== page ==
A new stage in destroying the University started after the return of the Soviets to Lithuania. In summer 1944, when the Soviet army was approaching Vilnius, tens of the former University teachers and students retreated to the West in fear of possible repressions. Therefore, that autumn as little as one-fifth of the personnel started the new academic year under extremely difficult conditions, and with only about half of the academic staff. The Soviet regime especially mistrusted the intellectuals that had worked in Lithuania during the German occupation, and therefore all the incumbent teachers and professors at Vilnius University were closely followed by the repressive structures of the Soviet regime. After collecting sufficient evidence of anti-Soviet views, professors were forced to turn on their colleagues, or were subject to repressions themselves. The mass arrests of the teachers started early in 1945, and lasted for several years up to the very death of Stalin. Many distinguished teachers were included in the lists of Stalin’s terror victims. Even more professors, although managed to avoid repressions, were dismissed on political grounds. Particularly affected were the Faculty of Nature and the Faculty of History and Philology where at the end of the 1950s the academic staff felt the greatest effects of the pseudo-scientific and heavily ideologised and over-politicised discussions that had spread across the entire Soviet Union.
The procedure for admission to higher educational establishments set forth by the Soviet authorities had to ensure that no persons opposed to the regime were among the future intellectuals or students. Special mandate commissions were set up to select students to the higher schools. First of all, such commissions would check the social origin and the political credibility of applicants. Priority was given to applicants whose parents were active supporters of the Soviet power, workers or small farmers. For that reason, a great many gifted young people could not enter higher schools. Politically unreliable persons would find it especially difficult to become students in the humanities. Provision of false data could result not only in expulsion from the University, but applicants could even be punished under criminal law. The standing mandate commissions would regularly check the provided data, and in case any new facts became known students could be expelled from the University even in the middle of an academic year.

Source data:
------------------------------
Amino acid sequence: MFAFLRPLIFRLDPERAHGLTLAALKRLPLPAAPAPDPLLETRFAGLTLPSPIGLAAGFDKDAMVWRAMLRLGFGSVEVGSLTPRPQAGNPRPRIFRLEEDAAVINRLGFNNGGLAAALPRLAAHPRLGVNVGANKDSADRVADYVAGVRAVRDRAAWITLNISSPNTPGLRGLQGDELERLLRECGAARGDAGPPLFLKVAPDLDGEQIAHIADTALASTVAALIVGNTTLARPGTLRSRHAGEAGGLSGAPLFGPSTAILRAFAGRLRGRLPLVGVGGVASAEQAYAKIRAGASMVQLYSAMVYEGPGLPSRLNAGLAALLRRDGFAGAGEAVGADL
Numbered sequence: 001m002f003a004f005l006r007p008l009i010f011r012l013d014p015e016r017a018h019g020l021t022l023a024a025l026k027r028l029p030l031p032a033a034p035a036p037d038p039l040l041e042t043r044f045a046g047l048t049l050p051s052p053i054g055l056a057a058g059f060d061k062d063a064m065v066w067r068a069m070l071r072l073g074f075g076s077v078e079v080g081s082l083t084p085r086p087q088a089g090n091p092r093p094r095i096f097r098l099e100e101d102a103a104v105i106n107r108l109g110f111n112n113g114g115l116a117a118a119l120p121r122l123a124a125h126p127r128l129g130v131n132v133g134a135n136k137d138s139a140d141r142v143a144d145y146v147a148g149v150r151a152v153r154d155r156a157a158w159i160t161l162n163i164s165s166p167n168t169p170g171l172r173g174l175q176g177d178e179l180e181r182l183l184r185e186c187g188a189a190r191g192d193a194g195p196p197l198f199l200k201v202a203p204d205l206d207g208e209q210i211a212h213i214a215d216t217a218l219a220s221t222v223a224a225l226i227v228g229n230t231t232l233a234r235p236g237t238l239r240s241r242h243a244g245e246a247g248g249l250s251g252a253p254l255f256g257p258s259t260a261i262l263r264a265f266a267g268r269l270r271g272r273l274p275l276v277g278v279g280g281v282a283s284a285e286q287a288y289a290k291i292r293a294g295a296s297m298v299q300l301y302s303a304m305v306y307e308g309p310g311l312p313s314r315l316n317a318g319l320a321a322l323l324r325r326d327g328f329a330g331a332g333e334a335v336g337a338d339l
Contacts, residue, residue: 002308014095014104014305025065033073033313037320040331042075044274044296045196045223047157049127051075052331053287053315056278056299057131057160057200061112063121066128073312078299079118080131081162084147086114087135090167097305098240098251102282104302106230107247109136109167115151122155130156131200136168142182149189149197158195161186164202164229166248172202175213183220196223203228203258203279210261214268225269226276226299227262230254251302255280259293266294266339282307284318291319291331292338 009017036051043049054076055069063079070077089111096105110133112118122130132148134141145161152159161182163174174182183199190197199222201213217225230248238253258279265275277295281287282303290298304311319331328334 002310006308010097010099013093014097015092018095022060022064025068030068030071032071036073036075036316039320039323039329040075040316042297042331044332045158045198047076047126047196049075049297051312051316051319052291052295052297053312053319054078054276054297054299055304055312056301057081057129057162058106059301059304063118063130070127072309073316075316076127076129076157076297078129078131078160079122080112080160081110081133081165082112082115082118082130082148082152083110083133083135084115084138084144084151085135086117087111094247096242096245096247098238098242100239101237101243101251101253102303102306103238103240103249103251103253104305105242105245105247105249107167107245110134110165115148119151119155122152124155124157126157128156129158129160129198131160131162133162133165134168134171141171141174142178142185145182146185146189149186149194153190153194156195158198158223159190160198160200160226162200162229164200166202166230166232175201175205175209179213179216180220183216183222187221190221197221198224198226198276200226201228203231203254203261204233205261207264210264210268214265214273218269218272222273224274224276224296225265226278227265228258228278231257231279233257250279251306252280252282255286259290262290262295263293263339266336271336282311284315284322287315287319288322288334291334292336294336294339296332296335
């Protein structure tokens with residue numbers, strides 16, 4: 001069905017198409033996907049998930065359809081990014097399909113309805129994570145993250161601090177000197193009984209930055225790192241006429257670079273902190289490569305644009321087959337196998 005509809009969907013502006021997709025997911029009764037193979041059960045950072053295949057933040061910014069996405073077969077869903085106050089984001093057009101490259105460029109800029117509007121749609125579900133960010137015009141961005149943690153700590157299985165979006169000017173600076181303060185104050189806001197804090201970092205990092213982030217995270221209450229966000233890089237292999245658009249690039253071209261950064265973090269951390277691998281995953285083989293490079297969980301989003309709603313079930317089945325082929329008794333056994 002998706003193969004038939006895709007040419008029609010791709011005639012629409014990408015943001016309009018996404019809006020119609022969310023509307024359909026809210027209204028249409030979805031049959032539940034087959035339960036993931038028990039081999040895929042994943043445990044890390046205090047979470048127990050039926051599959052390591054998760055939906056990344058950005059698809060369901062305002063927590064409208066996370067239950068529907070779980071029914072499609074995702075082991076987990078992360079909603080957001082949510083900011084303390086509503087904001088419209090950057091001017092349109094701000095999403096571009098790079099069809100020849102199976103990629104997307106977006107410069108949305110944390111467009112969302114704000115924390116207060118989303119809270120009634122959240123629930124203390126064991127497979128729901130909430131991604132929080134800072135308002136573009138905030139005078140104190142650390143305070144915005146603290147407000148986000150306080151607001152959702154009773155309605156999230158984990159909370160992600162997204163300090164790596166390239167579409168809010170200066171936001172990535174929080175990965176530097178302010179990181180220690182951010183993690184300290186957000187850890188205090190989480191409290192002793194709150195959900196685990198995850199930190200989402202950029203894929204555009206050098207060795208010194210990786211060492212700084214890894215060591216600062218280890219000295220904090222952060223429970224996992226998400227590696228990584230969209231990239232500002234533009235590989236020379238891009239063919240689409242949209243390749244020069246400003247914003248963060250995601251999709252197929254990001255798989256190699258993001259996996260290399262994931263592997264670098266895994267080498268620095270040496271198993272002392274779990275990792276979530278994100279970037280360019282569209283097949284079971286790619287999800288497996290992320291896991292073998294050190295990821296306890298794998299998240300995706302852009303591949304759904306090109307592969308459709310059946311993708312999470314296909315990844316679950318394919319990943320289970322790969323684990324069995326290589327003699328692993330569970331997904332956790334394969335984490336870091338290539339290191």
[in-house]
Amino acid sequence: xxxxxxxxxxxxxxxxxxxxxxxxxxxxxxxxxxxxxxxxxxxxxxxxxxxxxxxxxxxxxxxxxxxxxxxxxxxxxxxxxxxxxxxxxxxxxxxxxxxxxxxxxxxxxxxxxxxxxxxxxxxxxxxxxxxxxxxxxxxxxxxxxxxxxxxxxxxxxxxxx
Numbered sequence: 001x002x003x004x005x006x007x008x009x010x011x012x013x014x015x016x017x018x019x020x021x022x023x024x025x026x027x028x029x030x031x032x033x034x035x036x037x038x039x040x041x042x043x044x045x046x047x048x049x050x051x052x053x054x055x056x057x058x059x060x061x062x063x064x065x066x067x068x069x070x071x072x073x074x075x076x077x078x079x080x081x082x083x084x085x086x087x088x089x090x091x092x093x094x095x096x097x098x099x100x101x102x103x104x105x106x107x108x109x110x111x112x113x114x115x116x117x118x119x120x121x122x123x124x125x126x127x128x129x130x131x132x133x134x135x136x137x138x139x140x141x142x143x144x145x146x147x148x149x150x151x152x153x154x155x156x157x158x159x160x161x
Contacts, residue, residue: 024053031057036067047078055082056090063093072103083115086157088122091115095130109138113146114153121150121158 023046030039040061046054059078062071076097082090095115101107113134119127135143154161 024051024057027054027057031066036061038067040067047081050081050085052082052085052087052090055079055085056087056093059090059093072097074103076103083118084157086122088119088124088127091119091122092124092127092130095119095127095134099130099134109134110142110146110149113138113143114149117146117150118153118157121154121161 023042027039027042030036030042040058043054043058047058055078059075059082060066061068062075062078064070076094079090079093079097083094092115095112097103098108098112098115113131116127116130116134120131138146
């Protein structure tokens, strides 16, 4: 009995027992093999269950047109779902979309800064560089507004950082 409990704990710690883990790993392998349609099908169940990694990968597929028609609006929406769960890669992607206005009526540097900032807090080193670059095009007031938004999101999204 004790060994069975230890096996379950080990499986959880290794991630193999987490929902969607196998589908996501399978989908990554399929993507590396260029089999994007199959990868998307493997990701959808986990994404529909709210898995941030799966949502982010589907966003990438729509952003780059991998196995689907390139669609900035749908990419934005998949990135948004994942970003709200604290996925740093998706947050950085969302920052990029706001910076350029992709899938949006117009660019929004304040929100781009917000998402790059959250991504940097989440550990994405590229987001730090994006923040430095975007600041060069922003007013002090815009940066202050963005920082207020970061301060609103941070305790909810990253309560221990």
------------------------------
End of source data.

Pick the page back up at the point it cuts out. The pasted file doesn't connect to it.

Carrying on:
In the period after Stalin’s death when the classical Vilnius University was turned into a Soviet-type university, and on that occasion was awarded the name of the Vilnius Order of the Red Banner of Labour State University of Vincas Kapsukas; the repressions against the University community were no longer massive, but cases of individual political repressions were still recurrent. One of the best-known cases was that instituted against the Department of Lithuanian Literature lasting from 1958 to 1961, after which four teachers of the Department were forced to leave the University. That was one of the darkest times during the period of occupation in the history of the University that represented the success of its sovietisation. This was the first time ever when a political crackdown ordered by the authorities was not only, as usual, executed by the hands of the administration, but was also followed by public approval and even support on a great part of the University community itself.